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Bereft of chemistry and consistency, the Lakers have to start producing more on offense

Although the Lakers put up a respectable defensive effort against the Spurs in Game 1, their lackluster offensive execution, partially attributable to a lack of chemistry, and inability to hit shots doomed any ability for them to claim the upset.


It should be repeated for emphasis: the Laker starting lineup that took the floor in Game 1 had not played one minute with each other the entire season. Relying on Kobe Bryant for so long as a primary ballhandler and playmaker this year, the Lakers have had a rough transition on the offensive end since his injury and it has been further aggravated by Steve Nash's injury and lack of recent playing time. With him unable to create for others for the most part, the burden falls on Pau Gasol to be the team's main playmaker, something the Spurs did a good job of deterring. These largely aren't problems that can be solved by an application of effort, as the Lakers have done on the defensive end. It is easy for your defensive to be active when Dwight Howard is your anchor on the interior and everyone is doing a good job of fighting through screens, closing out on shooters, and paying attention to their help responsibilities. This is not to say that there weren't quite a few errors along the way, but that the boost in effort is more easily translated into better results on defense.

This hasn't been the case on offense, as the Lakers' poor chemistry was on show with eighteen turnovers that the Spurs routinely punished the Lakers for. It is true that the Lakers simply shot poorly from outside and a reversal in this category would likely be sufficient to give them a fighting chance in this series. This noted, the Lakers are still trying to incorporate guys into the offense and what basically amounts to a new approach as the team tries to get the ball into the post as a bigger item of emphasis. A lot of the time, you could have been forgiven if you thought the Lakers were basically running the Orlando four-out, one-in offense that Dwight Howard was used to. As pointed out above, this certainly doesn't mean that the Lakers can't come back in this series, but chemistry issues are once again creating obstacles for this task.


  • Dwight Howard -- The only Laker to make more than half his field goal attempts, Dwight was reasonably effective whenever he got clean looks in the post and deep position, although getting the latter proved to be an issue throughout the game. San Antonio is trying to deny him position and prevent lob passes at any possible opportunity, forcing him to throw the ball out of the post to perimeter guys who were usually left open deliberately since the Spurs don't respect the Lakers' outside shooting. There's not a lot of ways to avert this other than the Lakers simply getting better at nailing their shots, although they could try things like cross screens to get him cleaner post looks and position closer to the rim. It's a testament to how much of his old form Dwight has regained that he was effective despite the aforementioned obstacles, but the Lakers are going to have to do a better job of opening the floor up for him.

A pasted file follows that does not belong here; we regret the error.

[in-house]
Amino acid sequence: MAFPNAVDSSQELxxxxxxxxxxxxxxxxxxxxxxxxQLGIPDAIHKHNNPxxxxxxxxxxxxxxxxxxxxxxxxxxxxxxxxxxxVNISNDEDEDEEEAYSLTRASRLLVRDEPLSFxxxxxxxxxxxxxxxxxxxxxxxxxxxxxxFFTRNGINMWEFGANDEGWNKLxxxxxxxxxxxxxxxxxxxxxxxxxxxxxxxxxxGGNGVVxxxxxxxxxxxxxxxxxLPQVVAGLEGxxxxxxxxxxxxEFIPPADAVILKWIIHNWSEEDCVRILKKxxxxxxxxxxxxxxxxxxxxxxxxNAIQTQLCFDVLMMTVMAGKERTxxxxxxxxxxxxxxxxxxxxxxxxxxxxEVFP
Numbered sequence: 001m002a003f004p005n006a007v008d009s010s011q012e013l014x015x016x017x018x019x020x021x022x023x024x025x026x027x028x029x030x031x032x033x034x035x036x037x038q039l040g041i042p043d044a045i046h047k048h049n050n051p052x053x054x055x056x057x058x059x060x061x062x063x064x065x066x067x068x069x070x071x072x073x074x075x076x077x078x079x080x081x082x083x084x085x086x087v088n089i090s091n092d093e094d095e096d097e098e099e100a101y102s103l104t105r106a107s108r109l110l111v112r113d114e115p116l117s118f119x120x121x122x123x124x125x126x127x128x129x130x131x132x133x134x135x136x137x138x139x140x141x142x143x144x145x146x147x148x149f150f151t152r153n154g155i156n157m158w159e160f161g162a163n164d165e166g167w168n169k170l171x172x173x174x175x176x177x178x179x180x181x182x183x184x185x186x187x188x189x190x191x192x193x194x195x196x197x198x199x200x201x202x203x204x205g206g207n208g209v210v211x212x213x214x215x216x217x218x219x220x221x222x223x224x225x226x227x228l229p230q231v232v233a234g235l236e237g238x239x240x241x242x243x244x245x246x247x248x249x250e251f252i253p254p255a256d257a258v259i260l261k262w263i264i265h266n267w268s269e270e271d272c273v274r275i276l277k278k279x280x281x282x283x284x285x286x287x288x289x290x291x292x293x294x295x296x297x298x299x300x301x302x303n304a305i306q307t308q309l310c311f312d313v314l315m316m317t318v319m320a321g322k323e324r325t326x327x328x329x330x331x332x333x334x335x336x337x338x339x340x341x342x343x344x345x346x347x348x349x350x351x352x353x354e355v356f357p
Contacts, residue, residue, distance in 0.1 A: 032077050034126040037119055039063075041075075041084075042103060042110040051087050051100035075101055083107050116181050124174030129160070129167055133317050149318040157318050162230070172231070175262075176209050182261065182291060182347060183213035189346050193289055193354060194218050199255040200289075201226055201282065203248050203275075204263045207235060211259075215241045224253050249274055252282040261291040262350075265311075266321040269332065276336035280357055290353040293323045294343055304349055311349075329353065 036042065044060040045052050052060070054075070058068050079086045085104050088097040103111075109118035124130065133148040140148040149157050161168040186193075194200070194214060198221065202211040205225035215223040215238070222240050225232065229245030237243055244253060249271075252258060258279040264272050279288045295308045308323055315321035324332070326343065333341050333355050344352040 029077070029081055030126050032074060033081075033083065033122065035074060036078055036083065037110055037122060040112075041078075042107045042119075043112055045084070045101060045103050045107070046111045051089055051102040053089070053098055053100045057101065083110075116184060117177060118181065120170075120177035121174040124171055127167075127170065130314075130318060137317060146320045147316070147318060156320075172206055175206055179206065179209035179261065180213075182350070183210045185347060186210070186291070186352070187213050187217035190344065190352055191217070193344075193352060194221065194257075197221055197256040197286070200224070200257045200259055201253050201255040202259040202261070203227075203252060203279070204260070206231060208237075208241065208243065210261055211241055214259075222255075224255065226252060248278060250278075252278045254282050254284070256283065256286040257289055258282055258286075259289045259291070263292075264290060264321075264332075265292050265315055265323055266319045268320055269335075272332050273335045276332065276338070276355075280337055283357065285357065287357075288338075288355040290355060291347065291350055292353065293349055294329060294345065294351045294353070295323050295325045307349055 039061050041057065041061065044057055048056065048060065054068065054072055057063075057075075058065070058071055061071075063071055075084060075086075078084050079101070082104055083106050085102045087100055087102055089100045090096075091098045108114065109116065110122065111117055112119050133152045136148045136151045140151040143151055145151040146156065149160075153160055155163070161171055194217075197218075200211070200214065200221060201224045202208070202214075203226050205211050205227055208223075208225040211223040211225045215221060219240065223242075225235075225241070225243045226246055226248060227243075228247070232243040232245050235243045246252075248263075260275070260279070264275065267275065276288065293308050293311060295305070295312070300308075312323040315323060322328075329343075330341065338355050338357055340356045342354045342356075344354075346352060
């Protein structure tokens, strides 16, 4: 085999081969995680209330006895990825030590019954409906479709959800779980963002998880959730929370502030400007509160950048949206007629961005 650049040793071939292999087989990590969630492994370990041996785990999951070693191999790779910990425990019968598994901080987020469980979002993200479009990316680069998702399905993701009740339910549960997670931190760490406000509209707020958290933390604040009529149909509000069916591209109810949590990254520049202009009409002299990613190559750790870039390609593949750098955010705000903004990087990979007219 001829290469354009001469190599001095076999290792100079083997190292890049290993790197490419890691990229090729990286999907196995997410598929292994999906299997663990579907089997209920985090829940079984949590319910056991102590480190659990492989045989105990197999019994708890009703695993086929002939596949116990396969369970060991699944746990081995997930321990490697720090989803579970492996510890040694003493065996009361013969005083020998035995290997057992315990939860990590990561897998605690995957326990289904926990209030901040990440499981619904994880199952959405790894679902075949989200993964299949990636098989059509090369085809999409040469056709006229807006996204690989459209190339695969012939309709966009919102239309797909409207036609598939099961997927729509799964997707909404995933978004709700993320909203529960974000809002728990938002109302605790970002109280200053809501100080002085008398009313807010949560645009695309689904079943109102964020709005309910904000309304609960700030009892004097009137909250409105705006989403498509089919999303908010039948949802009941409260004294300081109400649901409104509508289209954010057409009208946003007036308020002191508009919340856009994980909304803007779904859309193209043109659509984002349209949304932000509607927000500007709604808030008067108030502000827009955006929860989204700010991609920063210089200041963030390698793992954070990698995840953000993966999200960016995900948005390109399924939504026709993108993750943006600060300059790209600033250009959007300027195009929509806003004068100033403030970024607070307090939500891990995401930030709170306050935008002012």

• Steve Blake -- Blake's being asked to create an awful lot given how limited Nash is and for the most part, he's doing a fair job of it. His inability to finish well around the rim really stymies him in this regard though, as you can only subsist off stepback jumpers for so long, but that he creates any penetration whatsoever off picks as he probes is hugely important to a rather impotent Lakers offense. On top of all this, Blake took primary duty on Tony Parker and did good work checking him throughout the contest. Four steals and two blocks are things you expect from guards with a lot more athleticism and a far more impressive defensive reputation, so Blake's performance in this regard was commendable. It's tough to expect him to pull double duty on both ends with such responsibilities, but the Lakers' prospects dim considerably if he can't.
  • Pau Gasol -- Yes, Pau needs to be in the post a lot more, especially against the likes of Matt Bonner and DeJuan Blair, but it's also incumbent on him to get into position to do so. Where he's getting his touches hasn't changed considerably since the past two contests. Even with the Spurs flooding the lane more often, the opportunities exist for him to take the ball from the elbow into post position or even straight at the rim. This noted, he still has to hit more of the midrange shots that he largely bricked yesterday. The Spurs are going to concede that shot every time on the Lakers' pet plays such as the 4-5 pick-and-roll or Horns, so Pau has to make the defense respect him from those spots. No doubt they're inefficient for the most part and the Spurs know this quite well, but given how anemic the Lakers offense is as a whole, Pau converting from 10-15 feet is something he has to do on a consistent basis.